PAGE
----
(AFP) – Aug 4, 2008
HIROSHIMA, Japan (AFP) — Few visitors to Hiroshima's memorial museum linger long to look at the photos of scorched victims, a child's burnt lunchbox or the shadow of someone who was incinerated.
Perhaps the images are too harrowing, or maybe they are just short of time.
More than 50 years after it opened, curators of the museum are reviewing the exhibition to try to convey a stronger message and stop memories of the devastation of the August 6, 1945 atomic attack fading from the public's mind.
The move comes after the city discovered that visitors spend less than 20 minutes on average viewing the core displays, which contain the most chilling photos as well as clothing and personal effects worn by victims.
"We decided to improve the display so that visitors spend more time to learn the horror of the bombing," said Mizuho Inaba, the chief curator of the Hiroshima Peace Memorial Museum.
About 1.25 million people visit the museum each year, spending an average of 45 minutes there, far short of the three hours that is necessary to fully view the exhibitions, according to museum officials.
Visitors first pass through a newer wing which explains the history of Hiroshima before the attack, as well as the background about the bombing and a model of the flattened city.
One idea is to move the most horrific images closer to the start of the exhibition so that people have longer to study them.
"To me and to many of the survivors, this museum has become way too clean and pretty and not shocking," said Steven Leeper, an American who is the first foreigner to head the foundation that administers the museum.
"When this museum was opened in 1955, it was much more shocking and it has been gradually cleaned up, and made more like a professional museum," he told AFP in a recent interview.
"When you go through here you should be shocked. You should be frightened," he said, adding that any changes would be decided by a committee, not him.
The museum is calling for people to offer any evidence they have of the damage caused by the bombing, especially photographs.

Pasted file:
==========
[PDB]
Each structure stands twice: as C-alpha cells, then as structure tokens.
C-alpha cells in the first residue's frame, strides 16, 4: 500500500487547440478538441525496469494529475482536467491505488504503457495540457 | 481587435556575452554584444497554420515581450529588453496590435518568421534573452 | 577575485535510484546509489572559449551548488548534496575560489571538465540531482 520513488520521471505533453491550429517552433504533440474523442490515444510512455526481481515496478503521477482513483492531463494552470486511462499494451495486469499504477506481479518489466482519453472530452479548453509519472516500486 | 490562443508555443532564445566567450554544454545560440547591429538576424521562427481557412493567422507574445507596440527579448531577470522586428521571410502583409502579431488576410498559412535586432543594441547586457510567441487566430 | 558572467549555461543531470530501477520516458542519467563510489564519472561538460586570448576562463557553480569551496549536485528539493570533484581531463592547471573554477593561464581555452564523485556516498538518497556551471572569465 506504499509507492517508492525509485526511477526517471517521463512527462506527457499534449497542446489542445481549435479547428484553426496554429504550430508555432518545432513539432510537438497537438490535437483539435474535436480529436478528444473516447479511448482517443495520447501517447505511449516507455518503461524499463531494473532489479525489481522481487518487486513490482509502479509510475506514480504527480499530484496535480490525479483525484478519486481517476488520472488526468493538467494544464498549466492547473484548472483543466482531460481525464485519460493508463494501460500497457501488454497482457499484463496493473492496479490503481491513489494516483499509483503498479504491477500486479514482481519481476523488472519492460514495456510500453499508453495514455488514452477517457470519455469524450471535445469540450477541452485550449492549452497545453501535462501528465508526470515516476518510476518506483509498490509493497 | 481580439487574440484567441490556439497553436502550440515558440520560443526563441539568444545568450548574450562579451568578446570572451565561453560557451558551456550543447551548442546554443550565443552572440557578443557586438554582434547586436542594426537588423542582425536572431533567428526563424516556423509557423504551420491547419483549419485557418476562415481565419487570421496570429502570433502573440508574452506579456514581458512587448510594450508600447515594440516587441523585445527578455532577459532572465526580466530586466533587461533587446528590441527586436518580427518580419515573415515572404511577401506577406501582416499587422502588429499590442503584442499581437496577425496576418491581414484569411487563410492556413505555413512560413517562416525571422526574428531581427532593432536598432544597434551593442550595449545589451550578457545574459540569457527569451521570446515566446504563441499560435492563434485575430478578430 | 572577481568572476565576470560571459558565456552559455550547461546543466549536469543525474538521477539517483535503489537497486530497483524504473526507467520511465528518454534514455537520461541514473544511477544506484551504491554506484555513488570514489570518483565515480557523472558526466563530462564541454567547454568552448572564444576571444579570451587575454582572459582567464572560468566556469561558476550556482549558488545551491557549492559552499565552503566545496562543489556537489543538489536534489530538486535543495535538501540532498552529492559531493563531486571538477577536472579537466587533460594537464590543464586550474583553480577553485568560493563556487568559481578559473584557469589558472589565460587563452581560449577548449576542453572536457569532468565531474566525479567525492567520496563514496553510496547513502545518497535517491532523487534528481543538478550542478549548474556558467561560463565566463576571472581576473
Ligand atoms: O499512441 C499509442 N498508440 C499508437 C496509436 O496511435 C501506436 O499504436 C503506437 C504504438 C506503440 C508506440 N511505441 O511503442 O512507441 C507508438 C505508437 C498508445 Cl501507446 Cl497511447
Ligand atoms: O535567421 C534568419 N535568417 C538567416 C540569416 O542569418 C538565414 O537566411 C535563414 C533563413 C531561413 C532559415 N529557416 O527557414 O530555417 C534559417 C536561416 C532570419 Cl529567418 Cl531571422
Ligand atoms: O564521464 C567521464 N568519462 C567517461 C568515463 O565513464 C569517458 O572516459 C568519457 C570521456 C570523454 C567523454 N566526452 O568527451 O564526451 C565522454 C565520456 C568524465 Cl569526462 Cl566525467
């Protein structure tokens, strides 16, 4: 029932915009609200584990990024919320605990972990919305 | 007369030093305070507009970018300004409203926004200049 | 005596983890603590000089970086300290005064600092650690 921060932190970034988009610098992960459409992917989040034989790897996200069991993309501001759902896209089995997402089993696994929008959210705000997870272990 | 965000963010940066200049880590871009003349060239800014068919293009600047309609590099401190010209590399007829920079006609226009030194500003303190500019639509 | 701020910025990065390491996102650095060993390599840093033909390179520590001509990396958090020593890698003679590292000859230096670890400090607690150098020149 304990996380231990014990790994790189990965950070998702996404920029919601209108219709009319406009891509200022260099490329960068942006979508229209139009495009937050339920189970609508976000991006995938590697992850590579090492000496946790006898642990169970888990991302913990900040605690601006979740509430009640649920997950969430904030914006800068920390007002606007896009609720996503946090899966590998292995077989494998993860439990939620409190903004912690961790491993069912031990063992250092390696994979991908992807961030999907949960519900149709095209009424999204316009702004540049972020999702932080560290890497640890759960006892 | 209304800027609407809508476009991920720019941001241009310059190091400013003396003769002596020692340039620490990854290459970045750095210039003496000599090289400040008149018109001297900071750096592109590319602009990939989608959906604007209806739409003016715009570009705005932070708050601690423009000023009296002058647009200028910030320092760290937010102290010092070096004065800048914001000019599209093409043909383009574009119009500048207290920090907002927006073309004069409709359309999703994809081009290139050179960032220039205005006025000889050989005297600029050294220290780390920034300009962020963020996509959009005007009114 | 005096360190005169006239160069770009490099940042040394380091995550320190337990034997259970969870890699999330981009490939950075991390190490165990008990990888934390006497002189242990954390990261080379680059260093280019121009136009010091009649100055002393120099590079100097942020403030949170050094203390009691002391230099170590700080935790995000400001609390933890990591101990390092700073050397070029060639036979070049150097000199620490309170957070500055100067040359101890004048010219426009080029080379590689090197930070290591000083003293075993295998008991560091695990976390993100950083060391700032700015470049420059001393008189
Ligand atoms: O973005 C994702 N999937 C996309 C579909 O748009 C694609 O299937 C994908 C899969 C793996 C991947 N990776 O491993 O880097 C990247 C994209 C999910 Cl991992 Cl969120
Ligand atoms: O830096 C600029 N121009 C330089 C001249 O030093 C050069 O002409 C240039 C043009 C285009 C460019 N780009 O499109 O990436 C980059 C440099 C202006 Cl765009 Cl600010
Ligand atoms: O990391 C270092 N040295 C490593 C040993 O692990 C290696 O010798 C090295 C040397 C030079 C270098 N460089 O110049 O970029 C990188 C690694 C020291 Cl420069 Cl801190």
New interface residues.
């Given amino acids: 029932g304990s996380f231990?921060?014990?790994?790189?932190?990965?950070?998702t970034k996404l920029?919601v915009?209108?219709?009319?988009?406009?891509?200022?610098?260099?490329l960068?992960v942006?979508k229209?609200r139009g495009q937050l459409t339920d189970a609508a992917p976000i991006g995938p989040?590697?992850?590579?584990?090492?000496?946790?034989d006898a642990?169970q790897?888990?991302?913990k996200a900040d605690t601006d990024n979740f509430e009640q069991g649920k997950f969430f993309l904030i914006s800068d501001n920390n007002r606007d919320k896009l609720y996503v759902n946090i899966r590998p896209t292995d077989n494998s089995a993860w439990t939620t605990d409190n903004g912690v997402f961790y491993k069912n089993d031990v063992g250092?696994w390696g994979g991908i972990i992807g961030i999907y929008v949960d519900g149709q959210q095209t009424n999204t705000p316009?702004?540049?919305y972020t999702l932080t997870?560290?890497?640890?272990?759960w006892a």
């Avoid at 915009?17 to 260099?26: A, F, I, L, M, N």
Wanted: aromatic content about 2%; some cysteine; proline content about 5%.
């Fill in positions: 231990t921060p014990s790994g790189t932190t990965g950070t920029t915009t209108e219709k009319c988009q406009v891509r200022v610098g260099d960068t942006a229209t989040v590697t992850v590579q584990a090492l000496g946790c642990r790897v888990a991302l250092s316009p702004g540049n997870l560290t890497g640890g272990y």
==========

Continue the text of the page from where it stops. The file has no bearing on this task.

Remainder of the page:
One man has offered photos taken by his late father, apparently just a few months after the nuclear attack.
They show an obliterated city strewn with rubble and the ruins of buildings, but devoid of life.
"As I get older, I feel more strongly that we have to hand down our experiences to the next generation, the message that war is horrible," said the son, Yoshihiro Nakamae.
His father, who was aged 38 at the time, is believed to have taken the photos two months after the attack, although he had visited the city centre before then, Nakamae said.
"On the day of the bombing, my father immediately went to the centre of the city to save and search for people. But he didn't say a word about it before he died in 1988," said Nakamae, who is 67.
Nakamae himself, then four years old, remembers the day when he saw badly burned evacuees near his home in the suburbs of the city.
"They were trudging toward us, some putting bandages on, some using crutches. Some stopped walking and fell down. They were like ghosts. It was a cruel scene that I will never be able to forget my whole life," he said.
Only recently did he begin talking about his experience. Asked why, he fell silent for a while, before answering: "I was too scared to talk about it. But that scene keeps haunting me throughout my life."
On the morning of August 6, 1945, a US bomb instantly killed more than 140,000 people in Hiroshima and injured tens of thousands of others who died later from radiation or horrific burns.
The world's first nuclear attack was followed by the dropping of a second atomic bomb on the city of Nagasaki three days later, leaving another 70,000 people dead. Japan surrendered on August 15, ending World War II.
The number of people who come to the museum with their own mementos of the attack on Hiroshima has been increasing in recent years, said another curator at the museum, Mari Shimomura.
"But Mr Nakamae's photos have remarkably clear images, which is rare for those taken and offered by ordinary people," she said.
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